When Russell Crowe decided to auction a variety of his personal belongings to help fund his divorce, few would have guessed it would lead to Invercargill hosting some of the special items in the history of New Zealand cricket.
But that is exactly what happened, and now the city is set to be the first place outside the Basin Reserve in Wellington to display the items at the temporary home of the New Zealand Cricket Museum.
The museum is being moved from Wellington to Invercargill’s Bill Richardson Transport World for the next eight months, while the Basin Reserve undergoes renovations.
The museum is set to open later this month.
Executive director of Transport World Joc O’Donnell said Crowe set the ball rolling for the museum to come to the Invercargill venue.
“We assisted Cricket New Zealand in obtaining the bat that Russell Crowe was auctioning off, which was Martin Crowe’s bat he scored his last century with,” she said.
“When we did that, they talked about how they were going to be making some changes to their museum at the Basin Reserve.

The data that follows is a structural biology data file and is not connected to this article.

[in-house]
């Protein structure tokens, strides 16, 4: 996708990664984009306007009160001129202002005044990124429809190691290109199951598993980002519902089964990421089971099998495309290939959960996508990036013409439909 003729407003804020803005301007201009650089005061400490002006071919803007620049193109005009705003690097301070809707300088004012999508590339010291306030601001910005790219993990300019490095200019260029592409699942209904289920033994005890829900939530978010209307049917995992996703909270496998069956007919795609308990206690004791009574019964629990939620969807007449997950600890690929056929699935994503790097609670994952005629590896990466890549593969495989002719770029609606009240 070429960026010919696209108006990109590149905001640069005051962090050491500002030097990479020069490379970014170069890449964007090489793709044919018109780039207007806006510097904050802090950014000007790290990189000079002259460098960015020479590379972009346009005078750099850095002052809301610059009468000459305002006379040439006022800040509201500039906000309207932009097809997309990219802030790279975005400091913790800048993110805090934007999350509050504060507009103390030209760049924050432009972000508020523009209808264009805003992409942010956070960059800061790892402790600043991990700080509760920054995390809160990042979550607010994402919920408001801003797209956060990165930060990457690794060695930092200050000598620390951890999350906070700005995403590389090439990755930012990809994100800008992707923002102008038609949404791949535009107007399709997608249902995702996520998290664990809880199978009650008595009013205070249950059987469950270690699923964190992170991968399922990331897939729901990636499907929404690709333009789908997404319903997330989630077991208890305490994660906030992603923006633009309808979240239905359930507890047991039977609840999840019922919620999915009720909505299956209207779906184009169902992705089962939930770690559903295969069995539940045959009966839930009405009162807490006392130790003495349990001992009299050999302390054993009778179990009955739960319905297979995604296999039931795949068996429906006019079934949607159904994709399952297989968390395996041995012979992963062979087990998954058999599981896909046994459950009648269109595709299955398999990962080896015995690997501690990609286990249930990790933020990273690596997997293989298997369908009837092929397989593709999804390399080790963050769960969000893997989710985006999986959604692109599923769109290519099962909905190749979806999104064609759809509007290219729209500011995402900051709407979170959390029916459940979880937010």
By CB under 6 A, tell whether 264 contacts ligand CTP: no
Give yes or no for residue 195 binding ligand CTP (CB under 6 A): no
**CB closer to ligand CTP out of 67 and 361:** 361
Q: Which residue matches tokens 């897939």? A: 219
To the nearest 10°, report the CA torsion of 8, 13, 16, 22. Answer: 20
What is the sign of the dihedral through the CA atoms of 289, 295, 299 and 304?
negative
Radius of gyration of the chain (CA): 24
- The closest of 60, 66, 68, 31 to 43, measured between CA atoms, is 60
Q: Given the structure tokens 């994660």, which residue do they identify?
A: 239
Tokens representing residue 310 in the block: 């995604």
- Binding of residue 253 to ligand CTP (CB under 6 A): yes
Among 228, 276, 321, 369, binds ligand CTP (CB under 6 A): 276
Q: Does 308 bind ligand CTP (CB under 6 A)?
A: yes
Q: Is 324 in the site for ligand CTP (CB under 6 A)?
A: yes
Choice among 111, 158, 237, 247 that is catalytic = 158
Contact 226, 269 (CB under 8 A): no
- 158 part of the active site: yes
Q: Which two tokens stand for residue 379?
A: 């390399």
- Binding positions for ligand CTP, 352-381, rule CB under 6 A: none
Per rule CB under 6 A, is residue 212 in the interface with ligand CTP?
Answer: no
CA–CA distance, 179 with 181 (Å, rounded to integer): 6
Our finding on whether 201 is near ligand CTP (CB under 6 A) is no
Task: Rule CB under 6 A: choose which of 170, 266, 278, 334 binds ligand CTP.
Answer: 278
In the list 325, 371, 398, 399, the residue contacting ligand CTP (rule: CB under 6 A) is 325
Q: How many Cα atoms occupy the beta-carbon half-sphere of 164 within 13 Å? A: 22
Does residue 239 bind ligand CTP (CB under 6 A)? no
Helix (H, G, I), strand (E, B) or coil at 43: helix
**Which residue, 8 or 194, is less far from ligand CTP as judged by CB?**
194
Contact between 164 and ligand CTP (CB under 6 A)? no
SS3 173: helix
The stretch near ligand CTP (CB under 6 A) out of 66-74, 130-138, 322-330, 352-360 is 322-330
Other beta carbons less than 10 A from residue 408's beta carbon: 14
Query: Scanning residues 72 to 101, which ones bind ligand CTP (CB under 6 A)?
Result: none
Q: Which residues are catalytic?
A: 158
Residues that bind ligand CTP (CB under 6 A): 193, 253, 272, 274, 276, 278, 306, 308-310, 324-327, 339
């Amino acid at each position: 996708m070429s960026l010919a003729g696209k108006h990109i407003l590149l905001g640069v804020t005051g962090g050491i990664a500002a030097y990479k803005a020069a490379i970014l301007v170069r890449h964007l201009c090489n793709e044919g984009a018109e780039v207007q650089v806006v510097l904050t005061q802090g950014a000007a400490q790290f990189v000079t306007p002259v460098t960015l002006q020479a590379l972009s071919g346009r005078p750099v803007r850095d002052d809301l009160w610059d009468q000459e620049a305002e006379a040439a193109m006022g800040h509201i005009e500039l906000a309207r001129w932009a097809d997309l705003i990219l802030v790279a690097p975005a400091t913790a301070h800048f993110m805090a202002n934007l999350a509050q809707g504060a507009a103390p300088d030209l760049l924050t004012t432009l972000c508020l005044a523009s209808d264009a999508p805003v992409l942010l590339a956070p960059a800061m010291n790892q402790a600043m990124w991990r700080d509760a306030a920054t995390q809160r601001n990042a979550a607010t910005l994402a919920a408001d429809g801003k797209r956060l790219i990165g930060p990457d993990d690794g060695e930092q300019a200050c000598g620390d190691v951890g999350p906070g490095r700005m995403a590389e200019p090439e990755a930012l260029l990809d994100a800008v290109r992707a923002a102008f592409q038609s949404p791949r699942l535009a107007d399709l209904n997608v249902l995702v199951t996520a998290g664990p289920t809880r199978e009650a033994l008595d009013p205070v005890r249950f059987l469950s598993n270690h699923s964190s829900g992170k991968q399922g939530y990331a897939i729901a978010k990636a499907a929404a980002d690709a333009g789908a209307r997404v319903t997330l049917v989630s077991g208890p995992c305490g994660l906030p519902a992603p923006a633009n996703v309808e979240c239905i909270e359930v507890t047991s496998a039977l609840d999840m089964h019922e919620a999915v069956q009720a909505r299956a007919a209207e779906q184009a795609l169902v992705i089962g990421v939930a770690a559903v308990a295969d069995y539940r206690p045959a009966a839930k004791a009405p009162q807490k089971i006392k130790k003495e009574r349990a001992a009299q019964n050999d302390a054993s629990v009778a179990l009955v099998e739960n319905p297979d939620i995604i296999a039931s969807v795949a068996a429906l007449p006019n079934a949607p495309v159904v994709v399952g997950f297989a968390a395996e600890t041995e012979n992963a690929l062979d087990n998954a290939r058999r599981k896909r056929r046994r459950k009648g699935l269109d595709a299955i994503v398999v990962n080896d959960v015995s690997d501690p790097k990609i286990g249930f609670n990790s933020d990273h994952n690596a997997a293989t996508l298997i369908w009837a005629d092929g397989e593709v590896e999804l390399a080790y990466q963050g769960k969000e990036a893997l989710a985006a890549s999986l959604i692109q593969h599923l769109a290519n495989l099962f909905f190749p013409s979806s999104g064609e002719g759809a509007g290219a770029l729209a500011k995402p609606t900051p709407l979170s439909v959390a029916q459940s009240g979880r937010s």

“So we just sort of did a deal to bring the cricket collection down here for a little while while they were doing their renovations.”
The Otago Daily Times was given a sneak peak at the museum this week, as some of the items were being unwrapped and put on display.
Alongside Martin Crowe’s bat will be the only major trophy the New Zealand men’s side has won, the 2000 ICC Knockout Trophy, a string ball made by Australian and New Zealand soldiers in a prisoners of war camp in Italy in 1942, as well as a bat signed by both Sir Donald Bradman and Martin Crowe from Crowe’s testimonial in 1997.
There will also be a display celebrating women’s cricket, as well as New Zealand’s history in the Cricket World Cup.
The museum will be officially opened at an event on February 22 by legendary “double All Black” Brian McKechnie, who will be the guest of a special evening hosted by Jamie MacKay.
Transport World events manager Adam Reinsfield said they were thrilled to be able to host the evening to show off the museum.
“We’re pretty lucky to have these guys in Invercargill for the night. It’s a great way to showcase the collection and it’ll just be a really great evening.”
Tickets for the evening are on sale and the museum will open following the evening.
It is expected to be housed in Invercargill until Labour Day weekend, in October.
This article was originally written for The Otago Daily Times. You can read the published version here